Other providers are strengthening their carbon services to add value to client propositions, such as Carbon Clear, which offers emission reduction and compliance advice. Managing director Jamal Gore explained: “It’s important in this day and age to offer this breadth of service. Showing cost savings has helped us retain customers and win business. We like to show continual improvement and develop long-term relationships.” Copenhagen Carbon Management is another offset provider that now generates most revenue from consultancy.
Major banks and financial sector companies have continued to gain a toehold in the market, which some think will soon be the world’s largest (see box). Barclays bought Tricorona, JP Morgan bought EcoSecurities and Goldman Sachs has been spending big on carbon. On the other hand, this long-term strategising in the current business climate has come at a cost. EcoSecurities closed its New York office, staff have been laid off at the Chicago Climate Exchange and Morgan Stanley is looking to offload its exposure in MGM.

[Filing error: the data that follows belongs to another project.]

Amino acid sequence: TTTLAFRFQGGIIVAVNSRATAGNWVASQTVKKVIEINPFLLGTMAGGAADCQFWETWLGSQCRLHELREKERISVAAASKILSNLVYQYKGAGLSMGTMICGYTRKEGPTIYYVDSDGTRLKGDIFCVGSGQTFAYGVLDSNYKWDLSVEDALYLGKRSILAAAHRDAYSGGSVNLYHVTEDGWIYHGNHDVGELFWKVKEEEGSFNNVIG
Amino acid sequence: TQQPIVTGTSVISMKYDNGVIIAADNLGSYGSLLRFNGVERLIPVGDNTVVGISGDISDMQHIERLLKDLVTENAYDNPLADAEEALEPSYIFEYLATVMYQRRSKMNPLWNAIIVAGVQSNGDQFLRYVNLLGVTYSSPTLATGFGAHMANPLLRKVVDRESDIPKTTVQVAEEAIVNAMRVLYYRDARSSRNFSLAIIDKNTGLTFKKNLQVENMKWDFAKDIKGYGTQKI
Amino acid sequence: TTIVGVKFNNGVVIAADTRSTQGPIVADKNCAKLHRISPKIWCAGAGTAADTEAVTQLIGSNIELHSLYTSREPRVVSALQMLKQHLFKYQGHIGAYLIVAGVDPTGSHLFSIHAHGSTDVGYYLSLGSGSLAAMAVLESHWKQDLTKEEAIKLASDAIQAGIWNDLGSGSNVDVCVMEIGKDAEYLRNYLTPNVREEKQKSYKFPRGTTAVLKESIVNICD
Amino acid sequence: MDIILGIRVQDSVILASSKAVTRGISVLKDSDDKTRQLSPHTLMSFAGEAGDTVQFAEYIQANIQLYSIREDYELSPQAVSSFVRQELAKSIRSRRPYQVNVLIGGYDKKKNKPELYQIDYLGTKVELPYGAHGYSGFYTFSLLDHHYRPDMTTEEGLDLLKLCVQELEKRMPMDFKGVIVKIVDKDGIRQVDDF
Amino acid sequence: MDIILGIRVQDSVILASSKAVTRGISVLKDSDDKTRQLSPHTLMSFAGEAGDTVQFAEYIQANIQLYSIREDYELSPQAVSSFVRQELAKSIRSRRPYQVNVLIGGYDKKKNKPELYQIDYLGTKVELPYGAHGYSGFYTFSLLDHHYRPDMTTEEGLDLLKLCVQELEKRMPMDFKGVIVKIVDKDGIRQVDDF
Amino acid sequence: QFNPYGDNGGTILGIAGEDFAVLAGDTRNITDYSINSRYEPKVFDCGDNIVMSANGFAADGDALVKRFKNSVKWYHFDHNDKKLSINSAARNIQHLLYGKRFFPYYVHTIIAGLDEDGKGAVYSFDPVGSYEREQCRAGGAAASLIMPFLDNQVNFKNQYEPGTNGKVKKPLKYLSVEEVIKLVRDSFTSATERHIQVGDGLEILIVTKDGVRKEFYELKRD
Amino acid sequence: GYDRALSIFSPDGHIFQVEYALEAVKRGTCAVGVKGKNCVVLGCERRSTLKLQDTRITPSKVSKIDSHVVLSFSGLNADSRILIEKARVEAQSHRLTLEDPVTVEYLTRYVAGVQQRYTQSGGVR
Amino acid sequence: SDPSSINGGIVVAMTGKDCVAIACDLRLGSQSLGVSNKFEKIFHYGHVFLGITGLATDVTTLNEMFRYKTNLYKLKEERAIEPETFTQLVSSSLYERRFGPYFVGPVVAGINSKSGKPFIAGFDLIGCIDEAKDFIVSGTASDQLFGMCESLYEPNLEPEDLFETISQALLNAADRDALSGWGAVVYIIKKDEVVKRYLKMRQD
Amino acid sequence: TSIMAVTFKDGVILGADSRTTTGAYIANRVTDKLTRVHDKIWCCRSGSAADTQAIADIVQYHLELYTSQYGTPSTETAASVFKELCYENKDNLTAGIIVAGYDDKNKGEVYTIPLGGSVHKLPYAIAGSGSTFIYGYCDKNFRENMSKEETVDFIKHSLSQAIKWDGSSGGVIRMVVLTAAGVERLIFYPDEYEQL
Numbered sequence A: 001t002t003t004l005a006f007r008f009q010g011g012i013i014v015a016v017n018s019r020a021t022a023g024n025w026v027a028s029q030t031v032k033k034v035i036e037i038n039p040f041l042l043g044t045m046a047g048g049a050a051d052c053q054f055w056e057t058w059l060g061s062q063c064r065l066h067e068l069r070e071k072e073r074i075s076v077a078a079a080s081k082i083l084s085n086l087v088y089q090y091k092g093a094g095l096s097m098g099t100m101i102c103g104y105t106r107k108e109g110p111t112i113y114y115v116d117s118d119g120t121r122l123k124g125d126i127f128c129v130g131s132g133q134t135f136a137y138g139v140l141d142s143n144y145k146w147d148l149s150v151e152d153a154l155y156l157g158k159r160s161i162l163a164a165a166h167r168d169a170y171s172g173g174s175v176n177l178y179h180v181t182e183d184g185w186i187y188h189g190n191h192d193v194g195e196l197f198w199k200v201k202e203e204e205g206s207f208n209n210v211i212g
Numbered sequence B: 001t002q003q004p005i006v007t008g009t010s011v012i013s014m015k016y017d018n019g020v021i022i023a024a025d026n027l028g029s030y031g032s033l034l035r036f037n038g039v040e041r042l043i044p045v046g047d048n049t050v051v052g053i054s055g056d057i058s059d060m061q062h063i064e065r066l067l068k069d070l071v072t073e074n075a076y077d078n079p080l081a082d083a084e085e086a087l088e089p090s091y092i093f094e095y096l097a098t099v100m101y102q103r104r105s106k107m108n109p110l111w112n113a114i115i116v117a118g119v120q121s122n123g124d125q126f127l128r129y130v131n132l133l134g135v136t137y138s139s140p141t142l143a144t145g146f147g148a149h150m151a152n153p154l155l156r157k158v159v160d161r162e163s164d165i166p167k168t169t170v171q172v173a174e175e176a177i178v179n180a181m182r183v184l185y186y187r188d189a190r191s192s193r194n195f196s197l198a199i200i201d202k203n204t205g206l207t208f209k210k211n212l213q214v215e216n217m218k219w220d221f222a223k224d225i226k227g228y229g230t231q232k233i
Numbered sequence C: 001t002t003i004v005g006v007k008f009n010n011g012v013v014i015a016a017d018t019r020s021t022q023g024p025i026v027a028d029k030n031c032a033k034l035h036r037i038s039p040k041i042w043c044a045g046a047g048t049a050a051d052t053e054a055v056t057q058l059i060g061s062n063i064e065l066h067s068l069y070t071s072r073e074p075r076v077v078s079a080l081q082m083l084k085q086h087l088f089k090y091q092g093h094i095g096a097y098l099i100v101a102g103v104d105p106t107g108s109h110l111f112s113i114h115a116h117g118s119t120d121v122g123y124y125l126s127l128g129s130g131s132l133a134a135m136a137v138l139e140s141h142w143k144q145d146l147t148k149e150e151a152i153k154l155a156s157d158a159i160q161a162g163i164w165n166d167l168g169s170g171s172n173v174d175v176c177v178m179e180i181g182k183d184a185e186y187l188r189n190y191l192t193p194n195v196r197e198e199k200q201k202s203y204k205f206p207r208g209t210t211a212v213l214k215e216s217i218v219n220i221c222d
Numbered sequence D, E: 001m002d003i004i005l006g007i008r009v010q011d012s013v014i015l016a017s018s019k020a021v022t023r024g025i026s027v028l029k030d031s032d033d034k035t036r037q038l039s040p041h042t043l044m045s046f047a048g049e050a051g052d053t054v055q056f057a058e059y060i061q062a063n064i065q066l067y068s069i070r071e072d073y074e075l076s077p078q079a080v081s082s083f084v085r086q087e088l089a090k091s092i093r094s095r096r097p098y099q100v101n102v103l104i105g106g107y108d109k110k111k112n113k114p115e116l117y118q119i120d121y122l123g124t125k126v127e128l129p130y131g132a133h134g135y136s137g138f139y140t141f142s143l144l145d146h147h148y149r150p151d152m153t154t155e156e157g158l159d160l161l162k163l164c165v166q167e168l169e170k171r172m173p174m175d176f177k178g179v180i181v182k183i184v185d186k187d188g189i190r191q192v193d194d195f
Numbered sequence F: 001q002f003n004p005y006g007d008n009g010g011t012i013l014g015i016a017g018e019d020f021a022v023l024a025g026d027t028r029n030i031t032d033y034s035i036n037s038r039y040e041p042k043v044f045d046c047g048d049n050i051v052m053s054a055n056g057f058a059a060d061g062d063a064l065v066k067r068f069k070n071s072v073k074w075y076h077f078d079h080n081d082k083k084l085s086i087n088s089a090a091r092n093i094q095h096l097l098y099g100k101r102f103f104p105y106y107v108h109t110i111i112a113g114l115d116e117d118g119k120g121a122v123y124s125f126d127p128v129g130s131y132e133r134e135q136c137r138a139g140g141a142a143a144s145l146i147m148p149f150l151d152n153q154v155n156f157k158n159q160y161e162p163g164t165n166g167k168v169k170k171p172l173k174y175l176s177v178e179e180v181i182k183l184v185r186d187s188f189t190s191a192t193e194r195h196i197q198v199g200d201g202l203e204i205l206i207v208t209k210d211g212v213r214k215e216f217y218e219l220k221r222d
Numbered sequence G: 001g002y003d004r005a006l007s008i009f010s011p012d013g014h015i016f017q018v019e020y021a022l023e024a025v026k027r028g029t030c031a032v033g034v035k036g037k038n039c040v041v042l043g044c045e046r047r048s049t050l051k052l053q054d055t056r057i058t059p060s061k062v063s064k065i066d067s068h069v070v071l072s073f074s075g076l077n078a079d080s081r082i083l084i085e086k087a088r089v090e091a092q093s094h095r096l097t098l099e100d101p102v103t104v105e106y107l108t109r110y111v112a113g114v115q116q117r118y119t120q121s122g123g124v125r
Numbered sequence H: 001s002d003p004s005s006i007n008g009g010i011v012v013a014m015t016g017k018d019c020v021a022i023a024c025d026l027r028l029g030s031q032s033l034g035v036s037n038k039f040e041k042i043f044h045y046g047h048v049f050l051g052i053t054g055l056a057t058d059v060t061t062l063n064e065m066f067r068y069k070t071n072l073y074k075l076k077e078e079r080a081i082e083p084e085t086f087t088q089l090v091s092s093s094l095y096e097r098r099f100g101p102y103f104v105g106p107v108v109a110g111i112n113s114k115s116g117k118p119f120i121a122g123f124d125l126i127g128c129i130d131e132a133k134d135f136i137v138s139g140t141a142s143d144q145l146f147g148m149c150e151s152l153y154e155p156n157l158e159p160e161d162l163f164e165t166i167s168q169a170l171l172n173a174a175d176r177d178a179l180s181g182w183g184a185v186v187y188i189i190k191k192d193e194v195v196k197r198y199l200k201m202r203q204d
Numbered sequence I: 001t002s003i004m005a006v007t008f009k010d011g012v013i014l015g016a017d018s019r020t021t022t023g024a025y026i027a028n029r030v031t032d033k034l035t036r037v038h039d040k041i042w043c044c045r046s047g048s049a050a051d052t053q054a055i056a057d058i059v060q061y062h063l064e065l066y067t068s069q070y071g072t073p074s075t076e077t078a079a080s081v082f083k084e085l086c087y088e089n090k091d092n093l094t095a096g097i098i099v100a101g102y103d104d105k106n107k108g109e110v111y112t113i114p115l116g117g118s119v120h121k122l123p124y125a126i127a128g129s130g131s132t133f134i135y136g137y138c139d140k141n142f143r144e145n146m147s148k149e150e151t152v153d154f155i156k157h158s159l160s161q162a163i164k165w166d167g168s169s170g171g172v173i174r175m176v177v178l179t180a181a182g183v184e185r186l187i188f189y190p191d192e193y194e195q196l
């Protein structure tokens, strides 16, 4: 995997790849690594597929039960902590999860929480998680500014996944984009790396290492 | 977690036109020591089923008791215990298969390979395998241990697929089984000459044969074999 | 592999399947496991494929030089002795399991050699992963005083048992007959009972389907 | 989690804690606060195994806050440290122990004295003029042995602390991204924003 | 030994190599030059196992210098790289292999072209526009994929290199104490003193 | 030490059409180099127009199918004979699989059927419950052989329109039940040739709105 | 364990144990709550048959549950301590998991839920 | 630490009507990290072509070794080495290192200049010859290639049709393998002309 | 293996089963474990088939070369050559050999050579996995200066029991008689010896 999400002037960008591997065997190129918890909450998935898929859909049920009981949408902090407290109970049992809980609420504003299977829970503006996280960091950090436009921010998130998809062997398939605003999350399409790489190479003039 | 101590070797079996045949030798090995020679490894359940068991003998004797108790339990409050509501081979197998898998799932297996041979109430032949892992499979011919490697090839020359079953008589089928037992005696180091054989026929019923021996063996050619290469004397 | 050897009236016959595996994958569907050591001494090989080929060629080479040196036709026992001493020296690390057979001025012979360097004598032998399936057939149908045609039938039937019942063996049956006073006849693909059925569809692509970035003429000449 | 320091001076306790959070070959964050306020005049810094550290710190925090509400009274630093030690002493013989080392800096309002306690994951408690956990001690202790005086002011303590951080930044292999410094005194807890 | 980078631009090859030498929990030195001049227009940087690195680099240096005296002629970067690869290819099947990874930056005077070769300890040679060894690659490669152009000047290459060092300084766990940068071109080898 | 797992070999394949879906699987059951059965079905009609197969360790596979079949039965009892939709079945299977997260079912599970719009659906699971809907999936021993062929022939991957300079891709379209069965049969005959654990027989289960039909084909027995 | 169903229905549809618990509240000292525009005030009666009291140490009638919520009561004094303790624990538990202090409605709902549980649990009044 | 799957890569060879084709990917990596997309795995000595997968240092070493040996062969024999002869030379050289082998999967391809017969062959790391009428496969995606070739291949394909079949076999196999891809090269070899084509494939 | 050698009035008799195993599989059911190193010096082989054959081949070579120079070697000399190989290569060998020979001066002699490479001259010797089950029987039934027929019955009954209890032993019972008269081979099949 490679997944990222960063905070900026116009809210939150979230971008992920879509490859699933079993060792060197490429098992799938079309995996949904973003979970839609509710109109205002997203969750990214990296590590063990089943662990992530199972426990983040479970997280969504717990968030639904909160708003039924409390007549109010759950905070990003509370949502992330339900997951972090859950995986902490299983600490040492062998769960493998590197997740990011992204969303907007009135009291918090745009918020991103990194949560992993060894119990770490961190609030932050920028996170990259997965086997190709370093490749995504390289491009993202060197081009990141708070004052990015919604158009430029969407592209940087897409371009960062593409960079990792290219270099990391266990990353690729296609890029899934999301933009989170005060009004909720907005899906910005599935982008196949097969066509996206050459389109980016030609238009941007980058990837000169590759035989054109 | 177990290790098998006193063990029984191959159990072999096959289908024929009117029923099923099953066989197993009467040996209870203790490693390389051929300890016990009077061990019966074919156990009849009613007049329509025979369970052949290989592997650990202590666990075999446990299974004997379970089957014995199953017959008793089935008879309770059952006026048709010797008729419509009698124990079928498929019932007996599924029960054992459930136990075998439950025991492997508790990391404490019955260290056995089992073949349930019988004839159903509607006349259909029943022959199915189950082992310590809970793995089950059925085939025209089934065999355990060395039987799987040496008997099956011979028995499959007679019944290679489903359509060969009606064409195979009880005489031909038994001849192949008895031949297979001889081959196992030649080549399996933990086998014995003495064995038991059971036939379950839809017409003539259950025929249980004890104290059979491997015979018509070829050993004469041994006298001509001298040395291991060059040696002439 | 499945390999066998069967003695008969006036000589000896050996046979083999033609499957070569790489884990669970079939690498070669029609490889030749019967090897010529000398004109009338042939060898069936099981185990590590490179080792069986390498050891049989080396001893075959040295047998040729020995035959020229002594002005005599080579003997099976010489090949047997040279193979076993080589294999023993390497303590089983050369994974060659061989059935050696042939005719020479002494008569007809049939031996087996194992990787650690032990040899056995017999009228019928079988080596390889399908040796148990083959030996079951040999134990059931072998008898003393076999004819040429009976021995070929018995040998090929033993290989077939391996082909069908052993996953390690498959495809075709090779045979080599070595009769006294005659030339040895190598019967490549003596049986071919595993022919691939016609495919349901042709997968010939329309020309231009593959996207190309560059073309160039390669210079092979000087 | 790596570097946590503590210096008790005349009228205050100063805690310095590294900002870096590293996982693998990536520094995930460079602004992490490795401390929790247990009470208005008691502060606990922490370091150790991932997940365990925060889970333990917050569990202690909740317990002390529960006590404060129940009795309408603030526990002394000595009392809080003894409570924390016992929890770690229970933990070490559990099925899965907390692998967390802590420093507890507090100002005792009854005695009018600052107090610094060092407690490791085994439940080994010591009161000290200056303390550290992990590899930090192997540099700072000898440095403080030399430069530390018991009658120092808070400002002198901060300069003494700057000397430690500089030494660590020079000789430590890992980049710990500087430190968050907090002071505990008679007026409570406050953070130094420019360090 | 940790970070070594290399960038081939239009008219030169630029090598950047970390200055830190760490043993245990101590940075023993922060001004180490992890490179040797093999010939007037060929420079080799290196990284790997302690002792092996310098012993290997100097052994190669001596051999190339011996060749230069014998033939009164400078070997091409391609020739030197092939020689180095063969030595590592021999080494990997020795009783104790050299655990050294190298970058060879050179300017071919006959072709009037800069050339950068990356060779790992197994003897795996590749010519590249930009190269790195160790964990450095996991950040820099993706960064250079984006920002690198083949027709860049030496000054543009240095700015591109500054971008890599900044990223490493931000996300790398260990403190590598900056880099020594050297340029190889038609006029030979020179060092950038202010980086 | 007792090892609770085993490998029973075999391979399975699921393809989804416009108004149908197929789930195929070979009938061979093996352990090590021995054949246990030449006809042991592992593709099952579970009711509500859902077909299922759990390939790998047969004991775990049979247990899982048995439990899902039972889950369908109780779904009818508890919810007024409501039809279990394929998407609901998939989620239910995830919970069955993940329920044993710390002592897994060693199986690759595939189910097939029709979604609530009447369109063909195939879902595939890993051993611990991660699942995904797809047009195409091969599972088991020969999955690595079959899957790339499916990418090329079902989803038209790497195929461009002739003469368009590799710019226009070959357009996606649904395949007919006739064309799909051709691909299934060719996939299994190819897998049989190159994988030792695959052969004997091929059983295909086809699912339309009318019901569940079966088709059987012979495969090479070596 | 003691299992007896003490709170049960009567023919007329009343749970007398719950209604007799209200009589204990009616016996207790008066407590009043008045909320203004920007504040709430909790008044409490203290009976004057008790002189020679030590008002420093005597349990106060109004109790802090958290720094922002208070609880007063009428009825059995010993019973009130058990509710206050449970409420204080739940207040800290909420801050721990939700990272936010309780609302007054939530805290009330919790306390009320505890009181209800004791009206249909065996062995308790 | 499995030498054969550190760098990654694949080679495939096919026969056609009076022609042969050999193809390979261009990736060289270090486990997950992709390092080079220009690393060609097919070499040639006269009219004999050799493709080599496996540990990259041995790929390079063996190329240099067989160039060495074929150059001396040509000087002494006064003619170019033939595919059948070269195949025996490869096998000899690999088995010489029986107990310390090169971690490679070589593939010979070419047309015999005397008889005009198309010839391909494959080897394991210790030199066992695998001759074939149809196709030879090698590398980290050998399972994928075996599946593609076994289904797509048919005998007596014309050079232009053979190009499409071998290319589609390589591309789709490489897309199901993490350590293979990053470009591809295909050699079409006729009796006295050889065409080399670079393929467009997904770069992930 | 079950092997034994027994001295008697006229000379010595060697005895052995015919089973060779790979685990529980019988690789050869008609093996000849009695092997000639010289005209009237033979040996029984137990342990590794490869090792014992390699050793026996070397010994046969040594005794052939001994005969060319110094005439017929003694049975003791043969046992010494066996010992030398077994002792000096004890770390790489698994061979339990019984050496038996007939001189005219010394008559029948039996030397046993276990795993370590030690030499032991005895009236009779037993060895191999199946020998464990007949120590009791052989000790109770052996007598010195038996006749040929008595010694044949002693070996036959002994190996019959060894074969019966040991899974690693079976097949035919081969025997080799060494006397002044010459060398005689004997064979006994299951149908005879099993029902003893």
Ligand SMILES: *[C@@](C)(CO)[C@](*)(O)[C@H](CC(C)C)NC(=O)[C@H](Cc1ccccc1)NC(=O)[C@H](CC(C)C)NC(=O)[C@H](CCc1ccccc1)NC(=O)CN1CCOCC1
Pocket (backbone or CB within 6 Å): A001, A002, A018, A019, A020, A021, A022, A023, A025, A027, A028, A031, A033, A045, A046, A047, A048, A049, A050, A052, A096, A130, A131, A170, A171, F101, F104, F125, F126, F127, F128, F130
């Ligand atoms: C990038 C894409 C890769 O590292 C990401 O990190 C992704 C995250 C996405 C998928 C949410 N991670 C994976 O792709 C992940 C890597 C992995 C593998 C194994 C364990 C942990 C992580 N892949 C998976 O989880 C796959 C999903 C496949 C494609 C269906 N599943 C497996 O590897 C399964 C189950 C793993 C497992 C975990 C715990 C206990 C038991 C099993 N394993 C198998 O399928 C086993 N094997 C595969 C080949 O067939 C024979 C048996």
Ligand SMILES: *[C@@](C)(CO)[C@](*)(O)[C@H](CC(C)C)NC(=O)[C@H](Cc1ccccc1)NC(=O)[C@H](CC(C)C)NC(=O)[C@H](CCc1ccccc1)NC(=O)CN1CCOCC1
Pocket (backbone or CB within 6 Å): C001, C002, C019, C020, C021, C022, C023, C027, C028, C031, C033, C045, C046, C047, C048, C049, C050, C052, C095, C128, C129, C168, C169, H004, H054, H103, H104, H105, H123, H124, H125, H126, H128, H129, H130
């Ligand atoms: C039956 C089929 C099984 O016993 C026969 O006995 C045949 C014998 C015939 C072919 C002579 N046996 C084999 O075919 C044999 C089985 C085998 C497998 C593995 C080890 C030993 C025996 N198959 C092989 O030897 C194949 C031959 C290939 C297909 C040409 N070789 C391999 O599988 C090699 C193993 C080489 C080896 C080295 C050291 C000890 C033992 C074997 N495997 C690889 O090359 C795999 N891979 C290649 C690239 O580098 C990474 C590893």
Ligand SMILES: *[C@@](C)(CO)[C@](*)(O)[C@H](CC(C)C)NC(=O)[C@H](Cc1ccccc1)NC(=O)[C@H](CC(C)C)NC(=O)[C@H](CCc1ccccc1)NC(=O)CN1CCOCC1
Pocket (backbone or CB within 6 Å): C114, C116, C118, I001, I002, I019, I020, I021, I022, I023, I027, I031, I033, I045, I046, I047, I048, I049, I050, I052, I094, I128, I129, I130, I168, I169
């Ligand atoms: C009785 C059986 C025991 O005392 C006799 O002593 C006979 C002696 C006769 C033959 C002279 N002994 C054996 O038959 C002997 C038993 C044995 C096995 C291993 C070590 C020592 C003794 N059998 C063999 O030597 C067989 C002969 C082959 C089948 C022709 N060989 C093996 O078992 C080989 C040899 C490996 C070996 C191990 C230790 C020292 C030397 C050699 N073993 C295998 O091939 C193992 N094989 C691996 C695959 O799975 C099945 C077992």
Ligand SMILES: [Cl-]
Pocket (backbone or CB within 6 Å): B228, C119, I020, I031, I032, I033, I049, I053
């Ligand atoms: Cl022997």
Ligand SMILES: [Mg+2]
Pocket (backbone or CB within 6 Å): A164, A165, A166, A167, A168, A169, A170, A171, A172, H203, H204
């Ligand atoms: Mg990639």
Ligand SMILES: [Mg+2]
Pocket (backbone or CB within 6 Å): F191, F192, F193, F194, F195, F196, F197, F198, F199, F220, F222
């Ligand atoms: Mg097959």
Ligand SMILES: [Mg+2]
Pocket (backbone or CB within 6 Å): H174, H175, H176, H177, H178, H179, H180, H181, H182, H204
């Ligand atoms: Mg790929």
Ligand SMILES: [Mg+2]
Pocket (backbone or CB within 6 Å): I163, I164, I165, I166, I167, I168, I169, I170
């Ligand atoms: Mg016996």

South Pole Carbon is the biggest developer of GS projects but has a large VCS and CDM portfolio too. Chief financial officer Christoph Grobbel explains the shift this is causing in the market, to his company’s benefit: “As a good part of our competitors on the project development side have been bought by banks and they hardly ever have the structures to sell voluntary credits, there are not many large competitors left on the VER side. If somebody wants to buy larger amounts of VERs directly from a developer without intermediaries, it is extremely likely they will end up buying from us directly, via brokers or via retailers.”